The Senate Aviation Subcommittee and the House Transportation and Infrastructure Committee have both issued informal notices that they intend to hold hearings to examine U.S. aviation safety oversight and the Federal Aviation Administration’s decision to allow Boeing Co. to use highly flammable lithium-ion batteries on board the 787 Dreamliner.
Congress’ eagerness to initiate hearings quickly is understandable but premature. Two Members seem to understand that the timing is wrong. Why? Because there has been no public utterance by a government official or a Boeing executive that they know what the problem may be.
A hearing in the next few weeks would cause the relevant witnesses, who obviously are also involved in the search for a solution, to leave that urgent work. The people to be called to appear before the legislators, at this point in the design review process, would include the following entities that are heavily engaged in the search for answers:
- The sub-sub-contractor to answer questions about its manufacture of the battery;
- The sub-contractor to respond to inquiries as to how it installed that element into its subsystem;
- The manufacturer to explain how that subsystem was integrated into the aircraft;
- Those involved in the wiring, circuit boards and other battery-related external components which may yet be determined to be part of the problem;
- The airlines to recount their operating of the B-787 with the battery;
- The NTSB to review its investigatory actions;
- The FAA to review its investigatory actions (note the redundancy);
- The FAA (probably another set of officials) to discuss the certification of the B-787;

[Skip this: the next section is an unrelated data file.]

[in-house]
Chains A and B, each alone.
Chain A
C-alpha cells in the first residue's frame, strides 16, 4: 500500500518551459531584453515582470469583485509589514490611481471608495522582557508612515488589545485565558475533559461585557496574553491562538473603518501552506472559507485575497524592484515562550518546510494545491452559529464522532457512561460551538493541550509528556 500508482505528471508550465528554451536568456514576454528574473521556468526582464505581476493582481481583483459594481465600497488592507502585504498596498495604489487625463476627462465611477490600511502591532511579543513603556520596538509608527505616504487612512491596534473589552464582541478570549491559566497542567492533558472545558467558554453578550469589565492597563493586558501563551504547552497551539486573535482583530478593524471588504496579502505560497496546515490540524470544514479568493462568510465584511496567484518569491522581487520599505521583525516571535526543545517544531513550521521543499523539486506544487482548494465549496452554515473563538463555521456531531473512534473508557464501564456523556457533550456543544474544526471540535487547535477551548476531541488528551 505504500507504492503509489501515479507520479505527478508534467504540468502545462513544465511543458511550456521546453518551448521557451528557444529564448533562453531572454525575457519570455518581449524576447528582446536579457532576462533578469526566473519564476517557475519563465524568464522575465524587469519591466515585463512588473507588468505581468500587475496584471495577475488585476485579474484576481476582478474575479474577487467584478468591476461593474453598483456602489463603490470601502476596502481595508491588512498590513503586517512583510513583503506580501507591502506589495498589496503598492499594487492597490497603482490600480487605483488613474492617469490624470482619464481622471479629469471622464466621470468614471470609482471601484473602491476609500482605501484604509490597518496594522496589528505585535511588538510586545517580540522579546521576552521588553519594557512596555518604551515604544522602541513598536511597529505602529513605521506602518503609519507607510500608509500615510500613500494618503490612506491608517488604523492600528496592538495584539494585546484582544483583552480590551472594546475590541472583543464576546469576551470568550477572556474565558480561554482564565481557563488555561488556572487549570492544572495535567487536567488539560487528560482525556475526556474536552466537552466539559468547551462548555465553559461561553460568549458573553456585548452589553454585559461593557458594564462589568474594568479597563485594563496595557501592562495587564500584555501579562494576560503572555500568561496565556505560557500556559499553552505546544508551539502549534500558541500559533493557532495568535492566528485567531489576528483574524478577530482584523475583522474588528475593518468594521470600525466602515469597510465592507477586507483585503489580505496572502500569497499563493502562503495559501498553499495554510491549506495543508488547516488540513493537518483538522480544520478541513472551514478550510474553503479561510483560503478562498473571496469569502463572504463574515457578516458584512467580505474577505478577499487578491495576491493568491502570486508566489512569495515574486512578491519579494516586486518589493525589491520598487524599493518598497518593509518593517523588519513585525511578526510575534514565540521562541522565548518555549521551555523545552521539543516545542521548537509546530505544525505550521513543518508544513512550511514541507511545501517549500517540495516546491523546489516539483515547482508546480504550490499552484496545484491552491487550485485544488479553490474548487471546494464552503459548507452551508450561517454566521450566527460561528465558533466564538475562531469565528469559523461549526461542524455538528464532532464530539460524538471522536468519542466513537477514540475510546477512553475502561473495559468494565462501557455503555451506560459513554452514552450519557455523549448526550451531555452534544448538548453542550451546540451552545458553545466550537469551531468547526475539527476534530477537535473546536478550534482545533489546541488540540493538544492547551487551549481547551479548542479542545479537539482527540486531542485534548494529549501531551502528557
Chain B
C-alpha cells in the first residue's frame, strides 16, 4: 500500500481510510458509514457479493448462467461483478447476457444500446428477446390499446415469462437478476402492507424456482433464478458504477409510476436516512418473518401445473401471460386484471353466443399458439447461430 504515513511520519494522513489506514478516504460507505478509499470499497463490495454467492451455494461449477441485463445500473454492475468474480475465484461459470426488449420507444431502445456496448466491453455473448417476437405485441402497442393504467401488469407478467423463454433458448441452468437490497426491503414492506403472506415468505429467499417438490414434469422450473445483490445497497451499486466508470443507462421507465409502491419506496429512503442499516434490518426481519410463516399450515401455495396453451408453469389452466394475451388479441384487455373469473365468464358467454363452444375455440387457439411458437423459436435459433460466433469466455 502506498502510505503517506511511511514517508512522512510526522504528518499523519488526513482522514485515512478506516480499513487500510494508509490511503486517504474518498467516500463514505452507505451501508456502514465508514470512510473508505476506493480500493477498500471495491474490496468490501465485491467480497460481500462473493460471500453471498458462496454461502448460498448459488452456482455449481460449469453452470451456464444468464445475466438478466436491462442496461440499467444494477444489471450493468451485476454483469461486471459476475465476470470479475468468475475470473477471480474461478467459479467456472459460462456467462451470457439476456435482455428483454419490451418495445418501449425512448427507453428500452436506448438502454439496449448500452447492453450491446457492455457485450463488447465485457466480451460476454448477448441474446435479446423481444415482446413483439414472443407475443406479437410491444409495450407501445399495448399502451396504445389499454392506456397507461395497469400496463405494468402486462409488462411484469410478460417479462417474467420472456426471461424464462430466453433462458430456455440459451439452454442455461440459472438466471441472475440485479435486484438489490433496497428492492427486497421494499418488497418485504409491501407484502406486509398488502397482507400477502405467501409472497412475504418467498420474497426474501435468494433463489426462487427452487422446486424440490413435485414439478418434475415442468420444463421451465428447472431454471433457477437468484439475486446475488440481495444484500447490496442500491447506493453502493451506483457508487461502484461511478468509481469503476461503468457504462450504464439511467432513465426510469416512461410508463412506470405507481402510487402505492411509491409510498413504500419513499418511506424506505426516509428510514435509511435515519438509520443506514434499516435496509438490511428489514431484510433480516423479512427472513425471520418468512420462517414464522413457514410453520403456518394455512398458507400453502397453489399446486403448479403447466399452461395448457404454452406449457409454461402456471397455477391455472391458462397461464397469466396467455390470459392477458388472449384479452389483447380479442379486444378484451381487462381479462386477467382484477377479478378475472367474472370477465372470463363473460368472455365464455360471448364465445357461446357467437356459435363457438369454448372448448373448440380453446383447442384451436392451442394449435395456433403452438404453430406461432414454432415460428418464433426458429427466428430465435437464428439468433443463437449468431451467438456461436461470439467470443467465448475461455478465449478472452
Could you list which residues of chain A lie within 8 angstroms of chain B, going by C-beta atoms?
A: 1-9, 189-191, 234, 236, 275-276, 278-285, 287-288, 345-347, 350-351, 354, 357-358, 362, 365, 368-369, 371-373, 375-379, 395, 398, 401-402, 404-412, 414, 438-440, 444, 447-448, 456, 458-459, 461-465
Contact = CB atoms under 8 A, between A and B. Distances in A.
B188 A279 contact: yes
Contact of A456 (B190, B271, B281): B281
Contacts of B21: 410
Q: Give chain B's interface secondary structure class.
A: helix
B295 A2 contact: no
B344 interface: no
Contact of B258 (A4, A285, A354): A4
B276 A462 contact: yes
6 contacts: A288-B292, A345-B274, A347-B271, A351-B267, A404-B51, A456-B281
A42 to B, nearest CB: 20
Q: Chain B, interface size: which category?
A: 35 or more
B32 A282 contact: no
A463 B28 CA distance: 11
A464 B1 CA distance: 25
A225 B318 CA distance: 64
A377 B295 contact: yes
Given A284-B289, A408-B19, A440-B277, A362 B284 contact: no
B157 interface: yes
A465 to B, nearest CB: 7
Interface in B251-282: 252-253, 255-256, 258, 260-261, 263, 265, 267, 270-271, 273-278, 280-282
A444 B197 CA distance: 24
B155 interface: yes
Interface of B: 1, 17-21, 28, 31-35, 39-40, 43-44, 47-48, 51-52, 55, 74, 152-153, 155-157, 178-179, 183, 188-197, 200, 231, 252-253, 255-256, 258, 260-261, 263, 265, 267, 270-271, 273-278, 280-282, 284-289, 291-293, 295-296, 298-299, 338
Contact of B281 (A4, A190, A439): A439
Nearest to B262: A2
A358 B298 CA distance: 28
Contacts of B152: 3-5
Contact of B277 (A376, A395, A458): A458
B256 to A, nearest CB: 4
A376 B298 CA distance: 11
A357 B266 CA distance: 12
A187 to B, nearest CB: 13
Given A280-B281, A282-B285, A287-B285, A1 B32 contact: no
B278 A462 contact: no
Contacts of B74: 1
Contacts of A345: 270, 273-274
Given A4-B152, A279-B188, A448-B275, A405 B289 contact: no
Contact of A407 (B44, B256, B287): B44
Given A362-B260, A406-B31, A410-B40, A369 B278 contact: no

- The FAA (again another set of staffers) to relate the history of lithium ion batteries as cargo; and last but not least
- The normal host of independent experts who all too often populate these panels and who are given to making the pithy (and sometimes misleading) quotes for the press.
After several hours of questions propounded by the Members (written by “their staffers,” very few of who are aeronautical engineers or regulatory cognoscenti), very little value will be gained. Assuredly a clever witness will make an observation (based on little knowledge of the actual facts) and that phrase will likely divert resources to false targets (like the missile in the TWA 800).
There will come a time when a formal notice for a hearing on the B-787, the lithium ion battery and the FAA certification process will be appropriate. Clearly something did not function properly per design and as certificated; when the facts and the cause factors are determined (the certainty of either is always relative and rarely absolute), then the Congress should/must call a hearing.
Today, and until the range of potential issues is narrowed to a few, is NOT the time to hold a Congressional oversight on the B-787.Share this article: